Of course, this also raises separate questions about the ownership of the physical papers vs. the copyright on the works. The two are not the same, though it makes life even more confusing when you start to dig into what the copyright situation might be on some of these works. Considering that Kafka’s own desire was to have them burned, only adds to the mess of questions. Though, there is one additional amusing quote, from an Israeli writer, who thinks that Kafka might actually enjoy the incredible absurdity of the current situation:

If Brod could see what was happening now, [Etgar] Keret says, he would be “horrified.” Kafka, on the other hand, might be O.K. with it: “The next best thing to having your stuff burned, if you’re ambivalent, is giving it to some guy who gives it to some lady who gives it to her daughters who keep it in an apartment full of cats, right?”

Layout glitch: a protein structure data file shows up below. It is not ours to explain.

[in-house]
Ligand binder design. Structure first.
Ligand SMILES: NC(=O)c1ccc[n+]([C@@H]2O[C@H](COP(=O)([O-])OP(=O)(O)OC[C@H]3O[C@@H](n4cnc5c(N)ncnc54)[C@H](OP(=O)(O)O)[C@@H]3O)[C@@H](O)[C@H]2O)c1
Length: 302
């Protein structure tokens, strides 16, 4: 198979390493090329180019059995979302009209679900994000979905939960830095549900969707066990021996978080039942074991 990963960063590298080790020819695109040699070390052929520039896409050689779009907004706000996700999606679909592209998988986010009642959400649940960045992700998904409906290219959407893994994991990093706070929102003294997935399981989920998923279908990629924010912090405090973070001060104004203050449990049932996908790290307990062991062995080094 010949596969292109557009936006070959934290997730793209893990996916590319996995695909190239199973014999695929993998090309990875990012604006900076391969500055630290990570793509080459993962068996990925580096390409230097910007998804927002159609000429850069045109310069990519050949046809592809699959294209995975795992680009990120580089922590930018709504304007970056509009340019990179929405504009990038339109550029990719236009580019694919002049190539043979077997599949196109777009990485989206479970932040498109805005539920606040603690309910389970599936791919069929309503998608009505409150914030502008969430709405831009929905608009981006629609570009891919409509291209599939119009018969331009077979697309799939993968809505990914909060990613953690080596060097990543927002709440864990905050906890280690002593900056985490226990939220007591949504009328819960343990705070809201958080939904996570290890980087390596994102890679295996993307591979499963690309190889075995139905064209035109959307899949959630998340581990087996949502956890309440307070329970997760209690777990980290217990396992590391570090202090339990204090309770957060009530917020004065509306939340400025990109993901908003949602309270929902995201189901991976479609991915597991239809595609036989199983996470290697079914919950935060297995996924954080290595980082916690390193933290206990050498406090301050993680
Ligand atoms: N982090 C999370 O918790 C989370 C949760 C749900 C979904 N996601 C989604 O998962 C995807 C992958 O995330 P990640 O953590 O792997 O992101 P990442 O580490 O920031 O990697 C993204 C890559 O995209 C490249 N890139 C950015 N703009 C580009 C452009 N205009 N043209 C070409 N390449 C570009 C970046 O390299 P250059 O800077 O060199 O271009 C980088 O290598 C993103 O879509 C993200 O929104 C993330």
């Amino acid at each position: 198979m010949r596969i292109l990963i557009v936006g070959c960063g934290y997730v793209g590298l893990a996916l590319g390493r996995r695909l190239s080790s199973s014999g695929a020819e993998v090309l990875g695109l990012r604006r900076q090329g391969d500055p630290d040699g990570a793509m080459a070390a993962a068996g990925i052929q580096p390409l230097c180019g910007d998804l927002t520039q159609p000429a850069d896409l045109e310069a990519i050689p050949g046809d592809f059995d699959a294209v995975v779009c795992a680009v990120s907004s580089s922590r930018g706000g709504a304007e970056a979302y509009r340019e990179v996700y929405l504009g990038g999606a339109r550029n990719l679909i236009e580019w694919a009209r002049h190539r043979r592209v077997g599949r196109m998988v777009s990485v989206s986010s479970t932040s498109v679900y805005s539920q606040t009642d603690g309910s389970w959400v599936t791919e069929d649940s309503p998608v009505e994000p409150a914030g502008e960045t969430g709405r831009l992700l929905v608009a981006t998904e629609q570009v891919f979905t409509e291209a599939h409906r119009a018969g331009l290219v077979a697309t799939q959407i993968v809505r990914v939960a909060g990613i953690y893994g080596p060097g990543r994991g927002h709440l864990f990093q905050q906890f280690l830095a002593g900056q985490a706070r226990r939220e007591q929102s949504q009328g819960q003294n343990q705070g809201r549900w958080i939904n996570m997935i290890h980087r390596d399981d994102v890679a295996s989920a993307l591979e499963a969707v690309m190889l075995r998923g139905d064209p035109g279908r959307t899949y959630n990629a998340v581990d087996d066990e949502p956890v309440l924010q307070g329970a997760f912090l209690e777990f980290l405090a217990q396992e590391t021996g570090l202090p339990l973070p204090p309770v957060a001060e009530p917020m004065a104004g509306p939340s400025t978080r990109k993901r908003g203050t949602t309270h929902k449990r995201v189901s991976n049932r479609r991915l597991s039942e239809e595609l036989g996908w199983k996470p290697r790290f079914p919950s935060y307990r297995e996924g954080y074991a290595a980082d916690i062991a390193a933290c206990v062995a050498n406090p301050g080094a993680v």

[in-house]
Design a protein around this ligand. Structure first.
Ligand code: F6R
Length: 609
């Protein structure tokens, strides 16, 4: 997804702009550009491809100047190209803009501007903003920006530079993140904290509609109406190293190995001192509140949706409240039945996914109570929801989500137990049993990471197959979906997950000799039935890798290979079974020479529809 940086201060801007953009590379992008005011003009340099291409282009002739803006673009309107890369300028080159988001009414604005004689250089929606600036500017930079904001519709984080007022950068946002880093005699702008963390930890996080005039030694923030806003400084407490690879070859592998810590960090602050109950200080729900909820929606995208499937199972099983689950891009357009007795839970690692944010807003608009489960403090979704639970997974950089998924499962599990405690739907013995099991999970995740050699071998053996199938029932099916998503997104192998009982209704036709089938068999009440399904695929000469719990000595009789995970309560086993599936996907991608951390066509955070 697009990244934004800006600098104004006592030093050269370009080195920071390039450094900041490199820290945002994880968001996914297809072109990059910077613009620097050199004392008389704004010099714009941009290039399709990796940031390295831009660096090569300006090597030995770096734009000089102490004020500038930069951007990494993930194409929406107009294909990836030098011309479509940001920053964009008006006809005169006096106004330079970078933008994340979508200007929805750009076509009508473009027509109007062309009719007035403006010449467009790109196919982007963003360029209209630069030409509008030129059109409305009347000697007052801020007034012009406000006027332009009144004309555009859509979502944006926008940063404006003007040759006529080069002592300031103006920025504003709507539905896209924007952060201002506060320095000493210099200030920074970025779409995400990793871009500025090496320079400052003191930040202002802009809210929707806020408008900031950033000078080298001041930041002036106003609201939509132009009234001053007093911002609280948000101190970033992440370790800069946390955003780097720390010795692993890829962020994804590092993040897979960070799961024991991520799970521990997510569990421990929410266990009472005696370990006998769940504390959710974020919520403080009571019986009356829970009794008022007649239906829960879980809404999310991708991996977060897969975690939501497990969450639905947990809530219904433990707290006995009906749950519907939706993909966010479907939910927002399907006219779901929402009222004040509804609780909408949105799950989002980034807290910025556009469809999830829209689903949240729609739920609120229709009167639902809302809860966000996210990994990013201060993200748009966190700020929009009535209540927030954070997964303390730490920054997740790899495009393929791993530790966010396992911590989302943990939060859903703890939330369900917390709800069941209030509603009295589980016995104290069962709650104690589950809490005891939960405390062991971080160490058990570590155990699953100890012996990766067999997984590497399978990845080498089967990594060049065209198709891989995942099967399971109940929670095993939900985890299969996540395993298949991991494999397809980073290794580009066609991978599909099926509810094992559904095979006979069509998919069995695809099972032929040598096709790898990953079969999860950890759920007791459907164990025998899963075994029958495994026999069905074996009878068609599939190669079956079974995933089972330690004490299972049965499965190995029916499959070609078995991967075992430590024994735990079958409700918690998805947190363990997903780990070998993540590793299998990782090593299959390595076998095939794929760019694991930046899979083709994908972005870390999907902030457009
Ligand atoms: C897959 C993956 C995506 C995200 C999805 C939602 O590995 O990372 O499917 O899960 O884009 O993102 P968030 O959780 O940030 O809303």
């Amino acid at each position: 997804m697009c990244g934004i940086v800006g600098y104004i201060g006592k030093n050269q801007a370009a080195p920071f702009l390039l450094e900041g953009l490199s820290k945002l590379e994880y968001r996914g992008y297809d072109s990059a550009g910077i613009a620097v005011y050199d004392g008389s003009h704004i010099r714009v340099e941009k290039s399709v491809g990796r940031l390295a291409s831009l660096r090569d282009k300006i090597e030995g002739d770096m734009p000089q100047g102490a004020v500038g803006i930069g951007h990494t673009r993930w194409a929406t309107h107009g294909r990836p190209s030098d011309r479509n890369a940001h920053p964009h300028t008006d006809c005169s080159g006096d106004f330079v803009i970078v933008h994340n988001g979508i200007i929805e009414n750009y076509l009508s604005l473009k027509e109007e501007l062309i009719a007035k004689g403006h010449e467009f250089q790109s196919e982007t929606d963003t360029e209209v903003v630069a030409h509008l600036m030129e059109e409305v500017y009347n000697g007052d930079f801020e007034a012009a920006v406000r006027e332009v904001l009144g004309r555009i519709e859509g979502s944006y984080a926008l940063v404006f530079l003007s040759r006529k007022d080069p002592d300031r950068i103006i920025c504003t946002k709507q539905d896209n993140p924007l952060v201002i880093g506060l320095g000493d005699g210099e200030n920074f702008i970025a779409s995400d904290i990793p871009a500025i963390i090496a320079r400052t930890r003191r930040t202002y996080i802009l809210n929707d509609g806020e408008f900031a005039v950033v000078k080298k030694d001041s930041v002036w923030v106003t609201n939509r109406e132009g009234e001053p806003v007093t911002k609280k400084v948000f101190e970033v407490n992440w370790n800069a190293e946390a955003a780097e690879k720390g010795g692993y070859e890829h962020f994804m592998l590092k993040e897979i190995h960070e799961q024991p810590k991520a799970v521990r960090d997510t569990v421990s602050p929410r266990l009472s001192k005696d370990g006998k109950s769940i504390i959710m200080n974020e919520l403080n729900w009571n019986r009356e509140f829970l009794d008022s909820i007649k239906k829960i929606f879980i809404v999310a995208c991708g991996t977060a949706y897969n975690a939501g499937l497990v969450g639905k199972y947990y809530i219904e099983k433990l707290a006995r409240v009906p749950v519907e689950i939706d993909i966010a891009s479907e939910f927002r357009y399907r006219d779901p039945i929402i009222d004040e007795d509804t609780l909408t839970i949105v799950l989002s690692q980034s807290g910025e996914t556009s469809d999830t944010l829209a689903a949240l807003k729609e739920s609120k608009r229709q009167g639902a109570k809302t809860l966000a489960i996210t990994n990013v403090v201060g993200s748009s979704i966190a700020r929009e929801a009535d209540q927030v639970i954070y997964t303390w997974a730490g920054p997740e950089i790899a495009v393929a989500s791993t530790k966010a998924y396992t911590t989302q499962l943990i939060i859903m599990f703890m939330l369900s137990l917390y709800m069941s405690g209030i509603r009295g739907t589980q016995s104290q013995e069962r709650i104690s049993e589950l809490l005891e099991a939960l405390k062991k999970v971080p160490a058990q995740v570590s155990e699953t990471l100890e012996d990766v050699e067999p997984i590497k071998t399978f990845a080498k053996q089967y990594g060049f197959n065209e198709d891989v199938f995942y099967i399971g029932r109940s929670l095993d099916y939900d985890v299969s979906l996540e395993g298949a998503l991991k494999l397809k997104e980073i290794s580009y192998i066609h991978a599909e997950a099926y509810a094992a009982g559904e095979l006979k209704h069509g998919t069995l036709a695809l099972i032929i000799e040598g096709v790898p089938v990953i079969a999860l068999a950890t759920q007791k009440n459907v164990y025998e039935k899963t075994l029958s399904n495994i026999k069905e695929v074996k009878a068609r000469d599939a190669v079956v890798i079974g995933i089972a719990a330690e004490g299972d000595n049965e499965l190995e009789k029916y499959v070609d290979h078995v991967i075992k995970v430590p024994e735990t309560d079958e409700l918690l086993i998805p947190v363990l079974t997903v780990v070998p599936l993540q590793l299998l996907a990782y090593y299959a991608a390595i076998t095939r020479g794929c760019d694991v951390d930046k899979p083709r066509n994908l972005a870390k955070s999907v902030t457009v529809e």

But that question of “ownership” is really what’s (rightfully) bugging Friedman, and is one of the points that we continually try to raise here at Techdirt, with our concern over how copyright has turned away from its intended purpose (promoting the progress) into this false belief that it is about “ownership.” As Friedman notes:

My real point — and the point that drives a lot of what I write on this blog — is that we confuse things and act to our cultural detriment when we treat intellectual “property” like we treat real property. And that confusion of course extends to the ways we give dead people continued influence over their intellectual and artistic creations.

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Comments on “The Kafkaesque Question Of Who Owns Kafka's Papers”